With the ban on taxing Internet connections set to expire at the end of October, the Senate has passed a bill that would extend the 1998 Internet Tax Freedom Act yet again, this time for seven years. The moratorium was originally enacted in 1998 and has since been extended twice, in 2001 and 2004. Under the law, local governments are prohibited from levying access taxes on Internet connections (purchases can be subject to applicable state taxes). The nine states that managed to enact Internet access taxes prior to the moratorium's enactment in 1998 are exempt from the ban, and would continue to be under the just-passed legislation.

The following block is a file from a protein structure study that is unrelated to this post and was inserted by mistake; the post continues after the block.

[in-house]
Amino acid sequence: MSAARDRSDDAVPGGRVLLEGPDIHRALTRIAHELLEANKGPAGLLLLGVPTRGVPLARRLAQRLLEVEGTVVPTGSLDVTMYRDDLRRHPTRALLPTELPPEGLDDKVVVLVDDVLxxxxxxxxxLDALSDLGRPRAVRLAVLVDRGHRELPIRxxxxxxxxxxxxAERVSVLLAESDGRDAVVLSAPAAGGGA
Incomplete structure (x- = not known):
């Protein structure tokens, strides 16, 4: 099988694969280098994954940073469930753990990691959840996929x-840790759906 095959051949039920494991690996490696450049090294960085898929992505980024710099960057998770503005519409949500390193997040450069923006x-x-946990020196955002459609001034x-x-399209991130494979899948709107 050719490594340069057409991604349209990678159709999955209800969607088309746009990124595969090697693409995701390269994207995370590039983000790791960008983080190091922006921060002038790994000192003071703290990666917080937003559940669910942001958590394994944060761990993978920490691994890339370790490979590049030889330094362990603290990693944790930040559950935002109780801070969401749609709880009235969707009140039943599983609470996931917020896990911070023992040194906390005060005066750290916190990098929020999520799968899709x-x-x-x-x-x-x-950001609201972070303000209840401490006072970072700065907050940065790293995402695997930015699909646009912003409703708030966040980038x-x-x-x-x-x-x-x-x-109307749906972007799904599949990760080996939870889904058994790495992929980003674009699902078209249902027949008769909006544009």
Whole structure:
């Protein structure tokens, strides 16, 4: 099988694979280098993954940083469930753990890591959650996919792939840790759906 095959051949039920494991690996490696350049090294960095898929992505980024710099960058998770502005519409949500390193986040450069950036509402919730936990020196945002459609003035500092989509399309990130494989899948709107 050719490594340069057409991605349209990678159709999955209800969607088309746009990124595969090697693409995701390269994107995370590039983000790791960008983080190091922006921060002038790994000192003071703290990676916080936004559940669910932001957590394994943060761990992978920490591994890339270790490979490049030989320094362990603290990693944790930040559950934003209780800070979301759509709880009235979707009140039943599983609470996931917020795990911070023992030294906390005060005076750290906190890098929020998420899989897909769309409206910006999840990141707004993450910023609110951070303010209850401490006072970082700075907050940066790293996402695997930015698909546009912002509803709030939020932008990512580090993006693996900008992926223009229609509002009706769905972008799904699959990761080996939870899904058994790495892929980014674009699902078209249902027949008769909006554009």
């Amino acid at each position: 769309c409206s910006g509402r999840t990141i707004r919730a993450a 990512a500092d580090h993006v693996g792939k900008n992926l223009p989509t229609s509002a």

A version of the legislation passed by the House earlier this week would only extend it for another four years. With the House and Senate having passed slightly different versions of the legislation, the bill will now go to a joint committee to hammer out the differences. Once negotiators agree on a length for the extension and a revised version is passed, it is expected to be signed into law by President Bush.
News source: Ars Technica